The lack of humor in McCarthy is only one reason he’s dreadfully oversold as a writer. Portis has more common sense, more of a clear handle on how violence rises up fast and is quelled. He is less bloody-minded, less dazzled by Western lore than McCarthy. Portis’ “hippophilia,” to use a term in B.R. Meyers critique of McCarthy’s All the Pretty Horses, comes across as much more attuned to the real animal.
Bridges has been on horseback as far back as Bad Company (1972), but what followed wasn’t a career like John Wayne’s. Bridges has delivered a string of ’60s fogbound malcontents and Southern California slouches, surfers and stoners gone to seed—gentle men who often weren’t gentlemen.
Rooster Cogburn is as delicious a part as Long John Silver. Just because it was done indelibly 40 years ago is no reason to bar actors forever from it. True Grit was John Wayne’s finest work, and Wayne knew it. He never did anything better than the campfire scene in the 1969 film, when Rooster is talking about his wife and kid back in Cairo, Ill.
Bridges does the same monologue conversationally as he rides, since his Cogburn likes to fill the frontier void with talk. This True Grit is not a movie about strong silent men. And Bridges does things that John Wayne wasn’t capable of as an actor—he expresses the desperate underside of a bluff, a rowdier level of buffoonery and a quitter’s despair.
Even if Wayne was short of breath and stout in 1969, he was indomitable. The last mounted leap over a graveyard fence showed us the actor’s bid for immortality. In this True Grit, Bridges shows us something truer: mortality, the gravity of killing and being killed. The Coens have the bravery to deliver the downbeat coda to this story left out in 1969. It increases the stature of this film, its depth, beauty and sadness.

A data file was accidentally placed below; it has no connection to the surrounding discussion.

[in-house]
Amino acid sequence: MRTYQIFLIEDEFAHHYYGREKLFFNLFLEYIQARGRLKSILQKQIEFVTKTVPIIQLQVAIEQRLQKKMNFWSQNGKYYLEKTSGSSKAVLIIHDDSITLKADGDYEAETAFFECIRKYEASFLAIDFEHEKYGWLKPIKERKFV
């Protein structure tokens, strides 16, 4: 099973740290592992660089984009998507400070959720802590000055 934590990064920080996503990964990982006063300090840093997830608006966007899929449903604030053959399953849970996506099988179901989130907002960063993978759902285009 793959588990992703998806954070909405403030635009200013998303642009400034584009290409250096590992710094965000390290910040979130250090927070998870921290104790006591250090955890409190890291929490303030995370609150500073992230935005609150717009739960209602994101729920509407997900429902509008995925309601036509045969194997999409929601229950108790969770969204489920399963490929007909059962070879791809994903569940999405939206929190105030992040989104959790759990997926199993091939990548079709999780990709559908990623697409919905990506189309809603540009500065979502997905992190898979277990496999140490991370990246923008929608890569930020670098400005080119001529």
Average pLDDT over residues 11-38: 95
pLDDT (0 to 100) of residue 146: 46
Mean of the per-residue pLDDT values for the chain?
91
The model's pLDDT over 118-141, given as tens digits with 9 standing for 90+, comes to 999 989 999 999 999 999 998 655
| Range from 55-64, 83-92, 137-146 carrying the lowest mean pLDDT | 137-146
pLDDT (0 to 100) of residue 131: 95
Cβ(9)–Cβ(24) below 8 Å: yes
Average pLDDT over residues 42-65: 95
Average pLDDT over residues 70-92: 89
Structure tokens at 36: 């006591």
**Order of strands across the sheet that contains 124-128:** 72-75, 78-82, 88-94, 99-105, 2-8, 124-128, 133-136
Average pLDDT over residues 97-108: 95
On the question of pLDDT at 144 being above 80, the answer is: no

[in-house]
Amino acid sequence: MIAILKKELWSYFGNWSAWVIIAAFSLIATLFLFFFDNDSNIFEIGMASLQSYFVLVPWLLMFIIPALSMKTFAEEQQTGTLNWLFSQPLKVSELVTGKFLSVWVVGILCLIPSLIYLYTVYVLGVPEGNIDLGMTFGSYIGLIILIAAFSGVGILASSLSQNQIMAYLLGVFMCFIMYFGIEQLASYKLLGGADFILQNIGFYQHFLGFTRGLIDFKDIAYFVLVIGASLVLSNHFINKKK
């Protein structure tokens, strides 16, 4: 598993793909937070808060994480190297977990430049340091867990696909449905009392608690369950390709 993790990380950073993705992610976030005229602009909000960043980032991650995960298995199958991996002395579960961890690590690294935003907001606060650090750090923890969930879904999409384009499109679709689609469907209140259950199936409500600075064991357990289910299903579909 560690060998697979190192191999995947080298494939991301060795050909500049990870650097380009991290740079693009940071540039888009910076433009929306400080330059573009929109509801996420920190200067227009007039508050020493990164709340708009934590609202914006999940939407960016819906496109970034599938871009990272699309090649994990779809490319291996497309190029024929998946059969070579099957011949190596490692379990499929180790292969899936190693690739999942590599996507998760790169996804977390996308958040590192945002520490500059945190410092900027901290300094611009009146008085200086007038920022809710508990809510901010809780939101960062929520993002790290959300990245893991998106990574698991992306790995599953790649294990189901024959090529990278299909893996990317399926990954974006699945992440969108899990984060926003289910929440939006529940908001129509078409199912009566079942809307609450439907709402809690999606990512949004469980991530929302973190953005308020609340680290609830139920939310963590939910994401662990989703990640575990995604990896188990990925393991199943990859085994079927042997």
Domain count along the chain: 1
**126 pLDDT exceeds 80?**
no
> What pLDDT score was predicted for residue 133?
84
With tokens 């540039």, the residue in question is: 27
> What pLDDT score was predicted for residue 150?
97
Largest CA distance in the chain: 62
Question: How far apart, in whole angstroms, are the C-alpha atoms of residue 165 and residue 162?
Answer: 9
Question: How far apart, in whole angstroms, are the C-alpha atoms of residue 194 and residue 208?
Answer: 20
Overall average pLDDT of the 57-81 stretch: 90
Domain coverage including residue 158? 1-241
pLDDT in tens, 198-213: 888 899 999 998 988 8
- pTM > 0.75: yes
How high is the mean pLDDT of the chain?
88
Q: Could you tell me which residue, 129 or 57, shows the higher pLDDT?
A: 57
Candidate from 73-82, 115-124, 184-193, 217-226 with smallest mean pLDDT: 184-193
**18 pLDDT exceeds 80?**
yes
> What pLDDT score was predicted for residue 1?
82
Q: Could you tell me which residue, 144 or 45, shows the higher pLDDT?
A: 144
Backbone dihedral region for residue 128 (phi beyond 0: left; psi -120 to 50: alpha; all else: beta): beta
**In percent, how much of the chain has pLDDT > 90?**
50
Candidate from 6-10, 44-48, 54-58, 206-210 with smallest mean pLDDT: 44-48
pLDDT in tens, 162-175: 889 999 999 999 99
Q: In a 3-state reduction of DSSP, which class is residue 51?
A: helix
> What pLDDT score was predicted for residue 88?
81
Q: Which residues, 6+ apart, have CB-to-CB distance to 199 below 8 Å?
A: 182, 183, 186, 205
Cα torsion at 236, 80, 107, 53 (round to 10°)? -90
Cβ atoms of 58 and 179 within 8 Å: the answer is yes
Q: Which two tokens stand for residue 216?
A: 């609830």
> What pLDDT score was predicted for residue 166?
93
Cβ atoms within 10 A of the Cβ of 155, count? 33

Composer Carter Burwell reworks solemn old hymns on piano, at the risk sometimes of making the film sound like a Ken Burns documentary. As if in tribute to Elmer Bernstein, who scored the 1969 version, Burwell goes sweeping right into the place where this movie meets its predecessor: the gallant scene of Mattie fording a river on her horse Little Blackie.
True Grit delivers a flawless match of rich performances and austere visuals, with haunted, cold-weather photography by the always-remarkable Roger Deakins. The Coens’ adaptation paints in some corners the original film neglected; the coda alone, about the passage of time, about frontier loneliness and the end of the West, gives this movie a final sting. One admires the Coens’ taste for turning an object into something as rich with meaning as a still life: Mattie’s hands folding a newspaper into her father's hat band to make it tight enough to wear, or unrolling the blanket that contains the dead man’s few possessions, or the glow of a bowl of red apples in a dark hallway—the last light of civilization before Mattie herself lights out for the territory.
I guess I had hoped for something more Oklahoman in the visuals, some more blackjack trees and snags and swamps. The Fort Smith scenes were shot near Austin; the rest of the film unspools in traditional postmodern Western turf, in the high desert in New Mexico. This True Grit is drier, rawer and colder-looking than the 1969 version with its elegiac landscapes by Lucien Ballard, shot in the California Sierras and the Rockies.
Still, it is an oddly Christmassy film. See, for instance, the final ride under frozen stars, the slight blowing snow around watchful figures, mounted and motionless; note the browned, daguerreotype tones, in which the spot of color is Jeff Bridges’ single blazing blue eye.